• 9th Battery: 182 shot, 64 shell, 192 case, and 54 canister for 12-pdr Napoleons.
  • 12th Battery: 4 shot and 175 canister for 6-pdr field guns.

Moving over to the Hotchkiss rifled projectiles:

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Four reporting:

  • 4th Battery: 39 canister, 265 percussion shell, and 60 fuse shell for 3-inch rifles.
  • 5th Battery: 138 canister for 3-inch rifles.
  • 7th Battery: 120 canister, 236 percussion shell, and 120 fuse shell for 3-inch rifles.
  • 10th Battery: 500 shot, 115 canister, 110 percussion shell, and 220 fuse shell for 3-inch rifles.

No reported quantities on the next page:

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But there were Schenkl projectiles to account for:

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Three batteries:

  • 5th Battery: 140 shell and 930 case for 3-inch rifles.
  • 7th Battery: 720 case for 3-inch rifles.
  • 10th Battery: 15 shell and  240 case for 3-inch rifles.

Lastly, the small arms columns:

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By battery:

  • 1st Battery: Eight Navy revolvers, nine cavalry sabers, and five horse artillery sabers.
  • 3rd Battery: One Army revolver, eight cavalry sabers, and twenty-four horse artillery sabers.
  • 4th Battery: One breechloading carbine, seven Army revolvers, and thirty horse artillery sabers.
  • 5th Battery: One Army revolver and twenty-seven horse artillery sabers.
  • 6th Battery: Fourteen Army revolvers, ten Navy revolvers, and thirty (?) cavalry sabers.
  • 7th Battery: Fifteen Navy revolvers and twenty-three horse artillery sabers.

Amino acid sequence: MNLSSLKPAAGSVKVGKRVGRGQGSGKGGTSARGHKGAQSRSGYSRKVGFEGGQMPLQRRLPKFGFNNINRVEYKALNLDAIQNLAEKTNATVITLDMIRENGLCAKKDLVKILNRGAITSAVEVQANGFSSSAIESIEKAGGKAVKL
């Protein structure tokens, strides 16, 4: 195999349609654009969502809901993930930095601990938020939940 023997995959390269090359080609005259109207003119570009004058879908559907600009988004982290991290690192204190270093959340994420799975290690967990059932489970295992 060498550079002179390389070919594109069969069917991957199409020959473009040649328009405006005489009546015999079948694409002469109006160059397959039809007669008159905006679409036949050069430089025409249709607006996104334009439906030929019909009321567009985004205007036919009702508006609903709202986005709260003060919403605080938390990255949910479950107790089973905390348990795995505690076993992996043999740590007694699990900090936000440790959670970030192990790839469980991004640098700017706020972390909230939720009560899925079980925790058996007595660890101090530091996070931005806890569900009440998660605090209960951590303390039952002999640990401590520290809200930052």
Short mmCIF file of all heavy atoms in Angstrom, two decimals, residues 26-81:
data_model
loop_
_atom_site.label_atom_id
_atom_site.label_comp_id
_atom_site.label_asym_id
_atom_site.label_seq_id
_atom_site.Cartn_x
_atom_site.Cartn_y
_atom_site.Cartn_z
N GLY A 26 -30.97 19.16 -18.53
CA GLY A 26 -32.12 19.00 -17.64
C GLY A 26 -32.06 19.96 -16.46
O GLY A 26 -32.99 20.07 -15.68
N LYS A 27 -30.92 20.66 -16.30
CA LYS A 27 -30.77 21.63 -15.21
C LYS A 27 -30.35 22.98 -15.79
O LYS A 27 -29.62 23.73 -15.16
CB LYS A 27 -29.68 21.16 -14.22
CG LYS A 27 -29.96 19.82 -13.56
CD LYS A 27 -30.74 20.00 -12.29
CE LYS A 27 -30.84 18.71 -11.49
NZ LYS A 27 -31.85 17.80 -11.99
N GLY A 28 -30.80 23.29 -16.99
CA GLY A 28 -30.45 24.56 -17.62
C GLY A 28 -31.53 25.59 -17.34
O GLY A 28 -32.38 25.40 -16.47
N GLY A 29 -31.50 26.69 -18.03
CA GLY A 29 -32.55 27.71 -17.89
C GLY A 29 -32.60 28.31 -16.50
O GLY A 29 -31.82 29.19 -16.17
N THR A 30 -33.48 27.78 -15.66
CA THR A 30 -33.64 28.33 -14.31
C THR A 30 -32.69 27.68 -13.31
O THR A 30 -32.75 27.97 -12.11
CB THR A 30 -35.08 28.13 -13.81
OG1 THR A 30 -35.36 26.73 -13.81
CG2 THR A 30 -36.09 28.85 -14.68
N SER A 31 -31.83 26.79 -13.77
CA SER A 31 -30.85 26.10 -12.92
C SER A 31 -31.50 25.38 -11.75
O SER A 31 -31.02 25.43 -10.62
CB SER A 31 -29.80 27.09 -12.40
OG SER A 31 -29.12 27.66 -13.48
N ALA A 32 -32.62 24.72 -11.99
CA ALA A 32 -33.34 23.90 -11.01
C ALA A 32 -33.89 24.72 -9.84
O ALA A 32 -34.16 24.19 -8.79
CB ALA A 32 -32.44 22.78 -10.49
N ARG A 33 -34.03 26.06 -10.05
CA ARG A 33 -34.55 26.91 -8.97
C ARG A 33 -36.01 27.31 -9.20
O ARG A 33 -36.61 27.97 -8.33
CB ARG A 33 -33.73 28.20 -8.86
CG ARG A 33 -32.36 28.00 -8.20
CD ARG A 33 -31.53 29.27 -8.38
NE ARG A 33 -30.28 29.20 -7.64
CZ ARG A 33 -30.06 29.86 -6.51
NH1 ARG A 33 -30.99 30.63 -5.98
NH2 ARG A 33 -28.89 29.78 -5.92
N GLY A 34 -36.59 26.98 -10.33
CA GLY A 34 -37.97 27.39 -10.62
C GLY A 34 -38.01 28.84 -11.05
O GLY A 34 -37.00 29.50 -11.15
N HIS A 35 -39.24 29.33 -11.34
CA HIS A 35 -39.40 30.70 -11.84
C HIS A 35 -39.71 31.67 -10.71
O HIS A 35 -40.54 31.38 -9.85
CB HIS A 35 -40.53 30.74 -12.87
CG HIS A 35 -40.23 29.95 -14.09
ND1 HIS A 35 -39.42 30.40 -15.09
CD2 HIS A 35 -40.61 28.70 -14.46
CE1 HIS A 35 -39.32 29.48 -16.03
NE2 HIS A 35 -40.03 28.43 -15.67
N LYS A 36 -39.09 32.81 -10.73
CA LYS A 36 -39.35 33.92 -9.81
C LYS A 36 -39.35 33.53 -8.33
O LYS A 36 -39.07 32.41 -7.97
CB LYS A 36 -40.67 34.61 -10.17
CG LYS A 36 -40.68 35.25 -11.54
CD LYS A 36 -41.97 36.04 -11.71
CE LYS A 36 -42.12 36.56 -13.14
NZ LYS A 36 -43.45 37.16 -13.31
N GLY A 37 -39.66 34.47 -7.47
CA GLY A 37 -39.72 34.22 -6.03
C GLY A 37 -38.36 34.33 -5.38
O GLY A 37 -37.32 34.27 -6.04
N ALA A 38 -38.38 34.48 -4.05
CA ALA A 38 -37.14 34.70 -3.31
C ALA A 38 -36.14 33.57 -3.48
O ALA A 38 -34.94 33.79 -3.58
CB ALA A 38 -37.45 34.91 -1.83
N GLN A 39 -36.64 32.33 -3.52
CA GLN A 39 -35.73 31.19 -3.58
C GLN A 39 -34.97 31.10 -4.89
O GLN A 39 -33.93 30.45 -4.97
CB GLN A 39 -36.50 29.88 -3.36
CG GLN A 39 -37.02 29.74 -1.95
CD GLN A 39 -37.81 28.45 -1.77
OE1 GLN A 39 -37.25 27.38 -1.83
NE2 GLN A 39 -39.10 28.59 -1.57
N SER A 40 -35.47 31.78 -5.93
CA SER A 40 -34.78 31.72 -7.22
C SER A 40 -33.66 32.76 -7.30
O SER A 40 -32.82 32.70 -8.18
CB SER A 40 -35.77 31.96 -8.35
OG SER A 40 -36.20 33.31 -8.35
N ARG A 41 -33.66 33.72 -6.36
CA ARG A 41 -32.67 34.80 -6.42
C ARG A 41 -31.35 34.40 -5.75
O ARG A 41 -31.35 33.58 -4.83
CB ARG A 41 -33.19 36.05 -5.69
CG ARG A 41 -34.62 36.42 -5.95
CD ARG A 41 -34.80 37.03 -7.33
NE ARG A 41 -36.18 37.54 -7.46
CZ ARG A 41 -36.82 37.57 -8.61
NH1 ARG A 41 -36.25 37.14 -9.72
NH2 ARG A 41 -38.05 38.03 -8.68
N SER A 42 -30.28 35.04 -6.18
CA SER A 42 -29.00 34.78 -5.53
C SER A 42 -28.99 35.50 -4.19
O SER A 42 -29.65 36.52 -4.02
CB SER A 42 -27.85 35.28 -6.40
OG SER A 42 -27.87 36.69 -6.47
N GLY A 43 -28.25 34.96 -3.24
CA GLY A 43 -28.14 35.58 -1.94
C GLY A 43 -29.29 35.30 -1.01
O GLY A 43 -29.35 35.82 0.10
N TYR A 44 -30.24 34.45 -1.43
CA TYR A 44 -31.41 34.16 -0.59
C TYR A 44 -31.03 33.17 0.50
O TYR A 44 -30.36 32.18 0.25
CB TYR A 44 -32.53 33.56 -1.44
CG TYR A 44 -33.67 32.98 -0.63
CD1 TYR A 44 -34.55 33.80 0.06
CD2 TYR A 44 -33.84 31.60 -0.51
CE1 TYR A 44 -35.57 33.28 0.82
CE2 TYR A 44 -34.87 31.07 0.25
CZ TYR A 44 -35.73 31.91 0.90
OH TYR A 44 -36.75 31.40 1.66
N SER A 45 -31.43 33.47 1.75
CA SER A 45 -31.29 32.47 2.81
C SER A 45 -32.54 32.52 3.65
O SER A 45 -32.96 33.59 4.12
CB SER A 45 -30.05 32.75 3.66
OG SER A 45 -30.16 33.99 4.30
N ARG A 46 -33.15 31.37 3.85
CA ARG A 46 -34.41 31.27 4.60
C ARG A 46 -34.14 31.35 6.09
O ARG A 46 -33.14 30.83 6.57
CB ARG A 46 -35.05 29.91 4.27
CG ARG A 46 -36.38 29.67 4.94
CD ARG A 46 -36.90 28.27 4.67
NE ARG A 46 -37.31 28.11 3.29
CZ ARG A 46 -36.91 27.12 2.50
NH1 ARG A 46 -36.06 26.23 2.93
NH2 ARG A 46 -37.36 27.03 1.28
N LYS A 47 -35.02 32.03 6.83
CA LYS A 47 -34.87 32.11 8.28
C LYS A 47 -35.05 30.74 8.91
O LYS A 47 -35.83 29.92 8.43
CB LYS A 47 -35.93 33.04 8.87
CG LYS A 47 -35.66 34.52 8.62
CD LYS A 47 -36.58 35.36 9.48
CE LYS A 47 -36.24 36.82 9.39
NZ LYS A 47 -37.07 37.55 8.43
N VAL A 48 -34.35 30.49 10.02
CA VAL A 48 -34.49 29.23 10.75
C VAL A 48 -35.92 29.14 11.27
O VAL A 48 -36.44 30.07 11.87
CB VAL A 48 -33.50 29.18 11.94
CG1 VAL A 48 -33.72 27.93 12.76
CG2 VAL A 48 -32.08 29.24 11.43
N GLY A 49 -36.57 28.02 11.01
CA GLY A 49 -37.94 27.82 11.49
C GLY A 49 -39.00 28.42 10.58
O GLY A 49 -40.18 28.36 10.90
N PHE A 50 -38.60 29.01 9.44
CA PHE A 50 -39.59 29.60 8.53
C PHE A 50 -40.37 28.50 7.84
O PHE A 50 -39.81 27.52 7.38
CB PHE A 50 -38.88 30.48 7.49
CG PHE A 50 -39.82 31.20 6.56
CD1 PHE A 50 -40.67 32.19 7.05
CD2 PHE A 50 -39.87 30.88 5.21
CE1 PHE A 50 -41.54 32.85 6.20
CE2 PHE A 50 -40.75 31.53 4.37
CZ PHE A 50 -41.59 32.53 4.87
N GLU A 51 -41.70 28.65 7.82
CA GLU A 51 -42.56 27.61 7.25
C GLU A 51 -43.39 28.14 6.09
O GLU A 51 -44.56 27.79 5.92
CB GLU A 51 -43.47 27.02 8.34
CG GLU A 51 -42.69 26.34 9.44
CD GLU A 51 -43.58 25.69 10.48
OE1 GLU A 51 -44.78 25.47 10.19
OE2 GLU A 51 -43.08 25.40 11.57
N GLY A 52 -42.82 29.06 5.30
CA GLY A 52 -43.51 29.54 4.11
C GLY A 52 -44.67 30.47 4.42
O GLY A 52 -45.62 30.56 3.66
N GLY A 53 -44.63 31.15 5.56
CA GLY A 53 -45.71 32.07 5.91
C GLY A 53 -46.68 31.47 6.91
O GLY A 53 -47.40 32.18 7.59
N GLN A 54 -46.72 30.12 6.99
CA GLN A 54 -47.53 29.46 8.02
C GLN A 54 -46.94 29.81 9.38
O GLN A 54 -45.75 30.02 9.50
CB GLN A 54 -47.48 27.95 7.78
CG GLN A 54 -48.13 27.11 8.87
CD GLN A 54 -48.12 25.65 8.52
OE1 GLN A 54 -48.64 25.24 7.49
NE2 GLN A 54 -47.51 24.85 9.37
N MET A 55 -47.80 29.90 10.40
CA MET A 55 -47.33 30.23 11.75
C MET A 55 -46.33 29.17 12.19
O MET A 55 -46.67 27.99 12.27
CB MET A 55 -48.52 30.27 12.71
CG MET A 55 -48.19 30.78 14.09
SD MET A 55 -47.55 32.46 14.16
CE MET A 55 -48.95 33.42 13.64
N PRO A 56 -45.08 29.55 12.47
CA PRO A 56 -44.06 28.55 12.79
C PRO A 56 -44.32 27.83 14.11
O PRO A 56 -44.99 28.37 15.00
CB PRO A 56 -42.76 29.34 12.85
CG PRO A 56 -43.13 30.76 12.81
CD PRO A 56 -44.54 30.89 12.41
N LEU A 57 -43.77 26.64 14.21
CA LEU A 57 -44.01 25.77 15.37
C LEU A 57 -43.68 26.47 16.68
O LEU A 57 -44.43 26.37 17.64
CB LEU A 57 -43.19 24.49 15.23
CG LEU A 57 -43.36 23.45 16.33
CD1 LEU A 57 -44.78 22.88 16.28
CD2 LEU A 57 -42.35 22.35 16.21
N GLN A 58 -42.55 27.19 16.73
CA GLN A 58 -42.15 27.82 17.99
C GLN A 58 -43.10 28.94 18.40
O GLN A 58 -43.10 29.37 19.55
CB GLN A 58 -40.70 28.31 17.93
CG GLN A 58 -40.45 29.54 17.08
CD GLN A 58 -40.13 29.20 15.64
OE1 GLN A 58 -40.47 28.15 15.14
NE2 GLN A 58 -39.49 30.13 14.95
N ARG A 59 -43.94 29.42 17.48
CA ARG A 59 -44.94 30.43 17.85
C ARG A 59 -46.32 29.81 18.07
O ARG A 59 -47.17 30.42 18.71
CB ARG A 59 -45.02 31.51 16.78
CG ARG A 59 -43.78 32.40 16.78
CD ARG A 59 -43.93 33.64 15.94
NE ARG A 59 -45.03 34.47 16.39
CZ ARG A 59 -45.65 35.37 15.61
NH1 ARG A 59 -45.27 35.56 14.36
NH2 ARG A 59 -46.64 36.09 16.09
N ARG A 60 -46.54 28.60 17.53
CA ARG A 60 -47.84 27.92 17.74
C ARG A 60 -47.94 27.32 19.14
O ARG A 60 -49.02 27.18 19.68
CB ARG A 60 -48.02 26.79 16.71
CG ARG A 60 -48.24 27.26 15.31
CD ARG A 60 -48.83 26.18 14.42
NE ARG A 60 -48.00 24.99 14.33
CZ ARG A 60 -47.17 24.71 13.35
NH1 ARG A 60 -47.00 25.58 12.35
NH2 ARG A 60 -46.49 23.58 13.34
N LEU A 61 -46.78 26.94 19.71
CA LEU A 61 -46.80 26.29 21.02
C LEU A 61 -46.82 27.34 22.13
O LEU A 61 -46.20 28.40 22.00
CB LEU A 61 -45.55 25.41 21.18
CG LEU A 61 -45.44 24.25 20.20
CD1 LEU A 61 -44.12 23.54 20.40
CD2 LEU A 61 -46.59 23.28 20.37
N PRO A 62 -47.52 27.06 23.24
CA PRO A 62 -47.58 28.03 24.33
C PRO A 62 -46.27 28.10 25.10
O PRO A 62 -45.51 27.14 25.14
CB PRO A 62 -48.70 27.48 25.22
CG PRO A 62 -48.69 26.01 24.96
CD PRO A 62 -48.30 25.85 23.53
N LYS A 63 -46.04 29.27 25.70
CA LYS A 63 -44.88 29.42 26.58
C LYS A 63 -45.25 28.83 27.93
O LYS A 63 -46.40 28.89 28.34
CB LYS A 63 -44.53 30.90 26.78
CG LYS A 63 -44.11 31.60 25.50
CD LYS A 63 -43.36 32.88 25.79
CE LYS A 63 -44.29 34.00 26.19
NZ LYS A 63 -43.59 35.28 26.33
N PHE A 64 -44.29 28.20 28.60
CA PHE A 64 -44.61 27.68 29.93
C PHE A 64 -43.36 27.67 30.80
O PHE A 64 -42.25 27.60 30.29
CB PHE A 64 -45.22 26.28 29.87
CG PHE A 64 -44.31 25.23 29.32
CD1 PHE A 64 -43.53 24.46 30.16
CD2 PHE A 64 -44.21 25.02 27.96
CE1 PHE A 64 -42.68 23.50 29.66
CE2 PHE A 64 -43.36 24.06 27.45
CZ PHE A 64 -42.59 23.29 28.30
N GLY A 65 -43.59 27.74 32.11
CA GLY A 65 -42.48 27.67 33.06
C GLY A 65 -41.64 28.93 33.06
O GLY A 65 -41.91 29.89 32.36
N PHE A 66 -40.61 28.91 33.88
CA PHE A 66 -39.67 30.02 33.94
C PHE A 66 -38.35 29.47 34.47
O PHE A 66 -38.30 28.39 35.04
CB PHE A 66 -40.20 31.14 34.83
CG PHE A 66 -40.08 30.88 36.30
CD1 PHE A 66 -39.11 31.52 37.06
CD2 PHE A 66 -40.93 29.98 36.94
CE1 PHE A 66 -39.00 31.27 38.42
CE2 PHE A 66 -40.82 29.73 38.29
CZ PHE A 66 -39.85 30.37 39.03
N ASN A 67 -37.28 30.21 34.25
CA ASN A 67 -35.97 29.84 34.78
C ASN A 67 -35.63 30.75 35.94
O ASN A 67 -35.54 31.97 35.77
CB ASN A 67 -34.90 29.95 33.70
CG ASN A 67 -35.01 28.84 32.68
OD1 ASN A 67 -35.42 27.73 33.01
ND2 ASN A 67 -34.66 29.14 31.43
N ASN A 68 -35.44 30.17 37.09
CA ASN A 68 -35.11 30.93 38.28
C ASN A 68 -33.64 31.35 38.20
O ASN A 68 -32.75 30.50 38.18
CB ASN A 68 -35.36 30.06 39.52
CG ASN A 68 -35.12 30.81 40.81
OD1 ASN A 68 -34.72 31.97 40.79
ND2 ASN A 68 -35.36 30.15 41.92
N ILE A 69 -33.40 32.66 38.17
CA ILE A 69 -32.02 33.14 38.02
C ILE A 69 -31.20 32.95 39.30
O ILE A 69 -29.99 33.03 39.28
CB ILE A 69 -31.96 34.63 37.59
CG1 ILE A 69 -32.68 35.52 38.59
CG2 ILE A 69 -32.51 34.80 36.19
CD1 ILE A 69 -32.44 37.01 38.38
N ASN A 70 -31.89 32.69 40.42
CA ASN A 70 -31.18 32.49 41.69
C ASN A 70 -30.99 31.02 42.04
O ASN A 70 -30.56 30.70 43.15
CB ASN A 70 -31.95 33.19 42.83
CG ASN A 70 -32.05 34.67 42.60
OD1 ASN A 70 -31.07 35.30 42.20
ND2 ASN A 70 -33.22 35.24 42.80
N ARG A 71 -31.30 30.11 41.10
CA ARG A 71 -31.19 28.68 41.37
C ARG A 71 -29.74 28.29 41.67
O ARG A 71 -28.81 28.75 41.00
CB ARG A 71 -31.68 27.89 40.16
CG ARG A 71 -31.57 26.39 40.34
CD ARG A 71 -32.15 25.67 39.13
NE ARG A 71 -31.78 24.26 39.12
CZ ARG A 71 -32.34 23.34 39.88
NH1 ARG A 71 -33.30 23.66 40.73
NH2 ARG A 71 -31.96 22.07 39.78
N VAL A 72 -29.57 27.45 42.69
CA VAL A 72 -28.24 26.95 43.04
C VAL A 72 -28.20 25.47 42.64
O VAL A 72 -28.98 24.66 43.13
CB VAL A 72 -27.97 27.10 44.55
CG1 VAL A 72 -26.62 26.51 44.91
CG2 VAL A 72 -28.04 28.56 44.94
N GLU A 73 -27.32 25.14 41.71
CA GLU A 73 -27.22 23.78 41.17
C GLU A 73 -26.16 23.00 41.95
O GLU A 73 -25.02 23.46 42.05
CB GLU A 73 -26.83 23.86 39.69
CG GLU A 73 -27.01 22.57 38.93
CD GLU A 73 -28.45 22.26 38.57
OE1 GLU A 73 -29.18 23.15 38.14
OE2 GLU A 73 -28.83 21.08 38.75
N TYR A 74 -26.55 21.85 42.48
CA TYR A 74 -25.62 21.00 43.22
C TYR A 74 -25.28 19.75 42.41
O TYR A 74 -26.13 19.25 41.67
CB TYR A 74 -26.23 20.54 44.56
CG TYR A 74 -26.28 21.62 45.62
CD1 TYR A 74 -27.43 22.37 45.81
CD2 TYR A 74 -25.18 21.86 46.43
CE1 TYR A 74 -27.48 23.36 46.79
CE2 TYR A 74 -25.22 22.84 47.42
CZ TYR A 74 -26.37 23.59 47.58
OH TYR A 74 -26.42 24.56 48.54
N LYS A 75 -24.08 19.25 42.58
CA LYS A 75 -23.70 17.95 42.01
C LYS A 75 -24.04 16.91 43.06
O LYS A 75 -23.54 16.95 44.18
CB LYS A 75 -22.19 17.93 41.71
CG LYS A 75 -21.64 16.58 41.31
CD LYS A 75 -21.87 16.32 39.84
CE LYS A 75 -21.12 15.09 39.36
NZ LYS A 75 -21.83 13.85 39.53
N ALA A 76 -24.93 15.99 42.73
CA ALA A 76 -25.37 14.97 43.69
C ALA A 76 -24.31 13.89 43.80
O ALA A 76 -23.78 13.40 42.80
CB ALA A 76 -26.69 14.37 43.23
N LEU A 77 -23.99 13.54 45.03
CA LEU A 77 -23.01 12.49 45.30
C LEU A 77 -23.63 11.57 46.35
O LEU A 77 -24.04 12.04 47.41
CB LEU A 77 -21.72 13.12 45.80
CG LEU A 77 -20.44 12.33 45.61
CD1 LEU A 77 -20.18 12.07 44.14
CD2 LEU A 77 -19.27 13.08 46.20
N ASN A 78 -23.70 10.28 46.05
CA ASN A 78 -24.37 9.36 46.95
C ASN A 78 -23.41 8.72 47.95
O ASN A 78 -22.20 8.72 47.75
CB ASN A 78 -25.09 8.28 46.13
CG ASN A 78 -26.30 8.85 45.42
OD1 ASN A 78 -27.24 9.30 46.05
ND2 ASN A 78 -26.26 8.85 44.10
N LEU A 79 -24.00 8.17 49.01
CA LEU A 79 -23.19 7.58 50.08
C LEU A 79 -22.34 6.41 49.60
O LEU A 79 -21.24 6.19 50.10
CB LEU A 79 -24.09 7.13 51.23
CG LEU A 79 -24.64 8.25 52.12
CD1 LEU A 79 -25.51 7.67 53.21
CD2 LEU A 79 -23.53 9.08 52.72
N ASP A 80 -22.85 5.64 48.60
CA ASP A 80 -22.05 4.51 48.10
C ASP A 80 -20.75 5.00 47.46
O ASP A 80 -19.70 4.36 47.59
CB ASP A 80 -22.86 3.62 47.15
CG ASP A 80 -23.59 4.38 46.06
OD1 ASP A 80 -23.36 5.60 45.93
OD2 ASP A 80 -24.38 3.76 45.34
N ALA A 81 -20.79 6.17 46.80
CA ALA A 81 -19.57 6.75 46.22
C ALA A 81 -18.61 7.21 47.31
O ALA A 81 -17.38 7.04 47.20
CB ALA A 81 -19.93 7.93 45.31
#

• 9th Battery: Eight Army revolvers and ten horse artillery sabers.
  • 10th Battery: Sixteen Navy revolvers and nineteen horse artillery sabers.
  • 12th Battery: Eighteen Army revolvers and thirty-six (?) horse artillery sabers.
  • 15th Battery: Fifty rifles (type unspecified), fourteen Navy revolvers, and twenty-two horse artillery sabers.

We will discuss the Heavy Artillery from Massachusetts in a later post.  But for now that’s the summary of the numbered batteries.

Summary Statement, 3rd Quarter, 1863 – Indiana’s batteries, Part 3

Looking to the bottom of the Indiana section for the third quarter, 1863, we find five entries set aside from the independent batteries:

0249_1_Snip_IND_Pt1 Looking closer, those are two entry lines for the 1st Indiana Heavy Artillery and three sections from other arms:

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As we have not detailed the “heavies” often enough within the summaries, let us take those first two lines as license to formally discuss the 1st Indiana Heavy.  The “Jackass Regiment” mustered as the 21st Indiana Infantry in July 1861.  Assigned to the defenses of Baltimore, the regiment was among those sent on the New Orleans Expedition at the start of 1862.  In February 1863, the regiment was re-designated heavy artillery in light of its posting to fortifications around Louisiana.  Colonel John Keith Commanded the regiment.  Eight companies of the regiment served in the siege of Port Hudson.  With the fall of that river bastion, the regiment’s batteries were assigned to different posts in the Department of the Gulf.

In the last quarter, the summaries listed Batteries (or properly, “Companies”) A and E, both with 20-pdr Parrotts, serving at Port Hudson and Baton Rouge, respectively. For this quarter, we find Batteries E and L.  And the latter had a mix of big Parrotts and 12-pdr Napoleons.  Looking at the whole of the regiment:

  • Company A: No return.  Captain Eden H. Fisher remained in command, but resigned in November. Captain Harvey B. Hall was the replacement.  The battery was likely at Baton Rouge at the end of September.
  • Company B: No return.  Garrison artillery at New Orleans.  Captain James Grimsley commanded.
  • Company C: No return.  Captain Elihu E. Rose in command.